Function Machines

I do not know who, when, or where this iconic mathematical representation was developed. It is, however, one of the most powerful and ubiquitous of all mathematical images, and I think the most important. It is taught to 2nd graders and used by STEAM professionals. It is called a function machine, and it represents the way we think about change, cause and effect, and technology as well as mathematical functions. For since the dawn of the industrial age we have pictured our world as a machine, as a “rule” that converts (connects) an input into an output.

Watt Machine in B&WThis image of James Watt’s early steam engine shows a variety of inputs, outputs, and connections between them. On the left side, the steam from heating water provides the input to the rule, the big piston outputs the steam into the vertical motion of the piston. That vertical motion, through the rod connecting the piston to the lever, is now a new input. The lever is a rule changing the direction of the motion connecting it to a wheel on the right side. This rule converts vertical motion to circular motion. The lights lines are belts to link the circular motion, yes a link is a rule to drive some other outputs, one of which is the governor. The governorFunction Machine, that diamond shaped object with two balls attached in the middle of the diagram controls the speed of the engine spreading as it speeds off to reduce the steam output slowing the engine or narrowing to let more steam speed it up. Feedback enables a rule to modify the input based on the output.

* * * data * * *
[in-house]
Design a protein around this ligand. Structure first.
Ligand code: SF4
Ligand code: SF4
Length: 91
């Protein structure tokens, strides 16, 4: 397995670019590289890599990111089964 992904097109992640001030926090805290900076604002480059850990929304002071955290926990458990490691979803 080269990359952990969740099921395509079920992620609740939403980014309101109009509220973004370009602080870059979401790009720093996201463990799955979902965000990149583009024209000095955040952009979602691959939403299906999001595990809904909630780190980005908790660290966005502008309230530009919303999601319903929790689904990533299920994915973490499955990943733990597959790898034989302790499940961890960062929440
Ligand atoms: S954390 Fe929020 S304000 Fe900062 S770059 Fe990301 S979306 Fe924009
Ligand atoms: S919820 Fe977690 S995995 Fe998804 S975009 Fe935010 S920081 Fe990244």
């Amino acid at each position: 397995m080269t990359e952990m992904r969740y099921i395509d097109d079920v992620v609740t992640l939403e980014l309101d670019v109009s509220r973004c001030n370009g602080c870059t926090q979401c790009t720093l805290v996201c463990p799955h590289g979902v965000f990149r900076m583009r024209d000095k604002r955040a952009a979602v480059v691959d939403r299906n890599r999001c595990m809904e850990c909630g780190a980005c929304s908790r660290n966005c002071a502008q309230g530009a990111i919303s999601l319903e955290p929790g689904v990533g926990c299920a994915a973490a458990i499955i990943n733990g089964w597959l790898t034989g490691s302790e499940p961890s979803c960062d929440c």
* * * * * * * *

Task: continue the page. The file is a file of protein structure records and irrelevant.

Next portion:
These are just a few of the functions that make up this function machine, converting heat to steam to drive a piston, to turn a wheel, to add more water, to… The function machines we build on spreadsheets work in the same ways, sometimes just multiplying a quantity, sometimes changing one form of data, or sometimes using the output to control the input. Though we may think about different things today than people did 300 years ago, we still build our ideas in much the same ways. We still build models as collections of functions.

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